When Angela Merkel was asked in a discussion round recently for the toughest moments of her chancellorship she recalled the Greek debt crisis.
At the time she had “expected so much” of the people in Greece, she said. Greek media lampooned this reminiscence with irony. “That’s no beg pardon,” commented a moderator on Skai TV.
Angela Merkel and the Greeks: It’s hard to imagine a more fraught relationship. Most Greeks won’t shed a tear about the departing chancellor who’s leaving politics after the 26 September election. They see her as the driving force of the “German savings dictate” during the government debt crisis.
In 2010 the EU and the International Monetary Fund put together the first aid package for Greece It imposed tough terms. “It has to hurt,” Merkel had said at the time, recalls the then socialist PASOK prime minister George Papandreou.
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Dangerous and evil Merkel
The radical-leftwing SYRIZA opposition politician and later prime minister Alexis Tsipras accused Merkel at the time of wanting to create a “social holocaust” in Greece. He demonised Merkel as “the most dangerous politician in Europe.”
“I was depicted as the evil woman, that was hard,“ Merkel recalled now.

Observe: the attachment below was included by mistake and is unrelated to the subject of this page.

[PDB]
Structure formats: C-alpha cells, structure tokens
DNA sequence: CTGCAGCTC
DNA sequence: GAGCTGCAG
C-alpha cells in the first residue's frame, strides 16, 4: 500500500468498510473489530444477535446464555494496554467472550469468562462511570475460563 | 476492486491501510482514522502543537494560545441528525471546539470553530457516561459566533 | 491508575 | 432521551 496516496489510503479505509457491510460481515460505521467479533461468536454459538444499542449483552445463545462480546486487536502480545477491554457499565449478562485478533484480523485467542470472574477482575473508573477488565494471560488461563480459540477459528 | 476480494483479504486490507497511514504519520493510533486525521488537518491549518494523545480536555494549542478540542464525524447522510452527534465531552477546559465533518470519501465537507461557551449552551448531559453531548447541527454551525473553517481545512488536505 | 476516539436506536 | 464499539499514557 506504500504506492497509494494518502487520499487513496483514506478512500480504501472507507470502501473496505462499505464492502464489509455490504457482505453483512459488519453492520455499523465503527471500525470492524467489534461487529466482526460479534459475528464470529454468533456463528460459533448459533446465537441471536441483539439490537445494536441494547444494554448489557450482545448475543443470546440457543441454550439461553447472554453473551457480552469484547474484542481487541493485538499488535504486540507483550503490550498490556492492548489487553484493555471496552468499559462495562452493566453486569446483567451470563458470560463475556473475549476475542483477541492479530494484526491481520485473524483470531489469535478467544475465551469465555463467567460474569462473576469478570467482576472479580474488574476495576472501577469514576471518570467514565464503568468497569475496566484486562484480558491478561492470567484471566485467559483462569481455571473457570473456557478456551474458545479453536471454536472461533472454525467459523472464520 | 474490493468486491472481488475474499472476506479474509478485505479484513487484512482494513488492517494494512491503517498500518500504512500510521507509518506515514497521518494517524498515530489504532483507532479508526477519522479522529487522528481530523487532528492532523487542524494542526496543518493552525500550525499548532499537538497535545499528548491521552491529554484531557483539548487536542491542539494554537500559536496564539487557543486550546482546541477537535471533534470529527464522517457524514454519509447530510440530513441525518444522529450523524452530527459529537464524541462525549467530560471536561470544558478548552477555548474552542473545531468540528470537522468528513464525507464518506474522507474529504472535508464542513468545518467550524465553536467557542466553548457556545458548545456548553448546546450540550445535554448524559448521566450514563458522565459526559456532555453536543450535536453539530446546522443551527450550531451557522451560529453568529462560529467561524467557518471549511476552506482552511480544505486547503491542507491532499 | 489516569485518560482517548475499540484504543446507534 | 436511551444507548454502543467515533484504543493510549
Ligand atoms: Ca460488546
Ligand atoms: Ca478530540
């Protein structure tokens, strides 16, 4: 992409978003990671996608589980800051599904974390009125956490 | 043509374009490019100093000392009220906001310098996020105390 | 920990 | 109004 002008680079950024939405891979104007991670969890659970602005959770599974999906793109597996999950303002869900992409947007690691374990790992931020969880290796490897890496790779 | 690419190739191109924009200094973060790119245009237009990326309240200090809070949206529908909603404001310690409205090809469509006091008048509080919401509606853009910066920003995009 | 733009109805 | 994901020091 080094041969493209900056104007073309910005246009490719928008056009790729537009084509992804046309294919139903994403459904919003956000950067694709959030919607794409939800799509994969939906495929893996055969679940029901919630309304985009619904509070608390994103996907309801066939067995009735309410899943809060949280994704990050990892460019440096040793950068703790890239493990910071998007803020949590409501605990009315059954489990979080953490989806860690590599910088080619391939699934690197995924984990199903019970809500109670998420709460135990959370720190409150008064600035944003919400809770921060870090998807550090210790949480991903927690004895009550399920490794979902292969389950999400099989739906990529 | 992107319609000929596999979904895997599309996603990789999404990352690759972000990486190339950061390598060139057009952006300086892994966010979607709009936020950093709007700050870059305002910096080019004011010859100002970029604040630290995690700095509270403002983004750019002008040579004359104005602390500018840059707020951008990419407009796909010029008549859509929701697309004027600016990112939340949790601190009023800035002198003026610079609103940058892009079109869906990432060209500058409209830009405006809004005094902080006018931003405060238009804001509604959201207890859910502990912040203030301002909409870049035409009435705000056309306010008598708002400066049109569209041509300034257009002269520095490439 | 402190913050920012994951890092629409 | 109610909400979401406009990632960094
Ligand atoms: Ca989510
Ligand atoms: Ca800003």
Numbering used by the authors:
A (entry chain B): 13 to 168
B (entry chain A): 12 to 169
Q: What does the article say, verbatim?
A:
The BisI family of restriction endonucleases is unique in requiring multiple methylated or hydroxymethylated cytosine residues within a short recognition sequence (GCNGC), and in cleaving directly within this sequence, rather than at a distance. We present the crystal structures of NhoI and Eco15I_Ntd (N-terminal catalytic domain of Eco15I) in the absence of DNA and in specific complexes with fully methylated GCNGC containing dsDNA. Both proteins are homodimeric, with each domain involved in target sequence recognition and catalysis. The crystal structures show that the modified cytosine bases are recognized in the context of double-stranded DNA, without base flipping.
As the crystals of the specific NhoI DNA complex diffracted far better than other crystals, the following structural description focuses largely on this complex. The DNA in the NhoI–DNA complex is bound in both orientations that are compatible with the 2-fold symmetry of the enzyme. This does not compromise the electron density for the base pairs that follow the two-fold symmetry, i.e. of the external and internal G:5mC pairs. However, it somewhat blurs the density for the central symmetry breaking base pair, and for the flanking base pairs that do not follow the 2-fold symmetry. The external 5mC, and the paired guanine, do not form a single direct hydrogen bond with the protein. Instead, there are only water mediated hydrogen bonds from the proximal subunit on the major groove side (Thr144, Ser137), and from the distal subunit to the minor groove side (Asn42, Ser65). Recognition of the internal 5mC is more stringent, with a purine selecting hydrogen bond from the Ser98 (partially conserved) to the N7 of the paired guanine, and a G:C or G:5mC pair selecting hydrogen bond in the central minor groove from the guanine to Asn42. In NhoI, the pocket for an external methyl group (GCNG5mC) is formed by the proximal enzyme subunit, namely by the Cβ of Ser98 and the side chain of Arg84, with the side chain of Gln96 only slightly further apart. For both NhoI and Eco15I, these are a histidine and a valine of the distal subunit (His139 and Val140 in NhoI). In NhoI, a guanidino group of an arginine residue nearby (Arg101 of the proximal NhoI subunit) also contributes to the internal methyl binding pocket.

The German chancellor was then one of the most unpopular foreign politicians to Greeks. At the peak of the crisis 85 per cent of people polled had a negative opinion of the German leader, though since then her image has improved some.
Many Greek men and women now know that it was Merkel who kept Greece in the Euro, in opposition to the Grexit plans of her finance minister, Wolfgang Schäuble. For her refugee policy Merkel also gets praise in Greece in retrospect. From the Greek point of view the flip side of German refugee policy is what many regard as Markel’s sucking up to the Turkish leader Recep Tayyip Erdogan.
Angelos Athanasopoulos, politics chief at To Vima newspaper, comments that Merkel gives “exaggerated support” to Erdogan out of fear of a new refugee crisis. He also sees Merkel making the impression that in the eastern Mediterranean she’s “doing more to win Turkey’s approval” than to support the rights of EU member Greece.
Certainly true is that no other foreign politician has influenced Greece’s course in the past decade as much as Merkel. More decisions were made in the Berlin chancellery than in Athens on issues of Greece’s fate like Grexit or the state bankruptcy.
In future, too, many Greeks will have ambivalent feelings about Germany, regardless of who succeeds Merkel. As holidaymakers Germans are welcome guests, especially as they stayed loyal during the pandemic. But politically most Greeks feel misunderstood by Germany.
Written by a reader of Neos Kosmos from Germany.